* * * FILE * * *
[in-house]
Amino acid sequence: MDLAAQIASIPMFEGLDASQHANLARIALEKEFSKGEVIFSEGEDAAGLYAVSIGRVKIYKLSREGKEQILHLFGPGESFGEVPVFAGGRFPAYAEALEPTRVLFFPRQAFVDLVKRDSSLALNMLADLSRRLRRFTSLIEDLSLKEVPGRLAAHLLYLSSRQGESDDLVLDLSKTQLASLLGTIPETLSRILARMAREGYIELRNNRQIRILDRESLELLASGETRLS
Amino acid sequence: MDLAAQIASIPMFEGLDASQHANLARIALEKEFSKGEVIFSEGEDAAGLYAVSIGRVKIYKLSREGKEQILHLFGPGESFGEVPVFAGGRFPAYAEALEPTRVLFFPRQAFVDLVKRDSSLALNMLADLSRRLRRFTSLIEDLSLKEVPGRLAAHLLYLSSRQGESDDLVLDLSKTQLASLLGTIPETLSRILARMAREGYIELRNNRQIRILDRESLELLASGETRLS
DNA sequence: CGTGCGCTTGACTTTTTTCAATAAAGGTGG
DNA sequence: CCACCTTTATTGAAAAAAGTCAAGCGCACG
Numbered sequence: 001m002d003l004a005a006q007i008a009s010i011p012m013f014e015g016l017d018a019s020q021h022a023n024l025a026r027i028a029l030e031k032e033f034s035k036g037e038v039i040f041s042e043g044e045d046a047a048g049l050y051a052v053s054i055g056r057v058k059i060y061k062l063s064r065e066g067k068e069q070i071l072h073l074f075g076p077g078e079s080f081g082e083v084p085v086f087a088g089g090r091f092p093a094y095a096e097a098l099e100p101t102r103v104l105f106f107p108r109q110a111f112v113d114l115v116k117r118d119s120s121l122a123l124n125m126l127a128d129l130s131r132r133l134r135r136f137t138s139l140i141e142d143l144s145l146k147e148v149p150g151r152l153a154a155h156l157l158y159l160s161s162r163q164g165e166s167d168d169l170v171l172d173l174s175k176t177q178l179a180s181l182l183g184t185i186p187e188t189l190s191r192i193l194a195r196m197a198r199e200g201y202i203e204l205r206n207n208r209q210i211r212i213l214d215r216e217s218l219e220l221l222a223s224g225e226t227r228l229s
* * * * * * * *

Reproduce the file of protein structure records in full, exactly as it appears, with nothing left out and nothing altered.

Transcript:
[in-house]
Amino acid sequence: MDLAAQIASIPMFEGLDASQHANLARIALEKEFSKGEVIFSEGEDAAGLYAVSIGRVKIYKLSREGKEQILHLFGPGESFGEVPVFAGGRFPAYAEALEPTRVLFFPRQAFVDLVKRDSSLALNMLADLSRRLRRFTSLIEDLSLKEVPGRLAAHLLYLSSRQGESDDLVLDLSKTQLASLLGTIPETLSRILARMAREGYIELRNNRQIRILDRESLELLASGETRLS
Amino acid sequence: MDLAAQIASIPMFEGLDASQHANLARIALEKEFSKGEVIFSEGEDAAGLYAVSIGRVKIYKLSREGKEQILHLFGPGESFGEVPVFAGGRFPAYAEALEPTRVLFFPRQAFVDLVKRDSSLALNMLADLSRRLRRFTSLIEDLSLKEVPGRLAAHLLYLSSRQGESDDLVLDLSKTQLASLLGTIPETLSRILARMAREGYIELRNNRQIRILDRESLELLASGETRLS
DNA sequence: CGTGCGCTTGACTTTTTTCAATAAAGGTGG
DNA sequence: CCACCTTTATTGAAAAAAGTCAAGCGCACG
Numbered sequence: 001m002d003l004a005a006q007i008a009s010i011p012m013f014e015g016l017d018a019s020q021h022a023n024l025a026r027i028a029l030e031k032e033f034s035k036g037e038v039i040f041s042e043g044e045d046a047a048g049l050y051a052v053s054i055g056r057v058k059i060y061k062l063s064r065e066g067k068e069q070i071l072h073l074f075g076p077g078e079s080f081g082e083v084p085v086f087a088g089g090r091f092p093a094y095a096e097a098l099e100p101t102r103v104l105f106f107p108r109q110a111f112v113d114l115v116k117r118d119s120s121l122a123l124n125m126l127a128d129l130s131r132r133l134r135r136f137t138s139l140i141e142d143l144s145l146k147e148v149p150g151r152l153a154a155h156l157l158y159l160s161s162r163q164g165e166s167d168d169l170v171l172d173l174s175k176t177q178l179a180s181l182l183g184t185i186p187e188t189l190s191r192i193l194a195r196m197a198r199e200g201y202i203e204l205r206n207n208r209q210i211r212i213l214d215r216e217s218l219e220l221l222a223s224g225e226t227r228l229s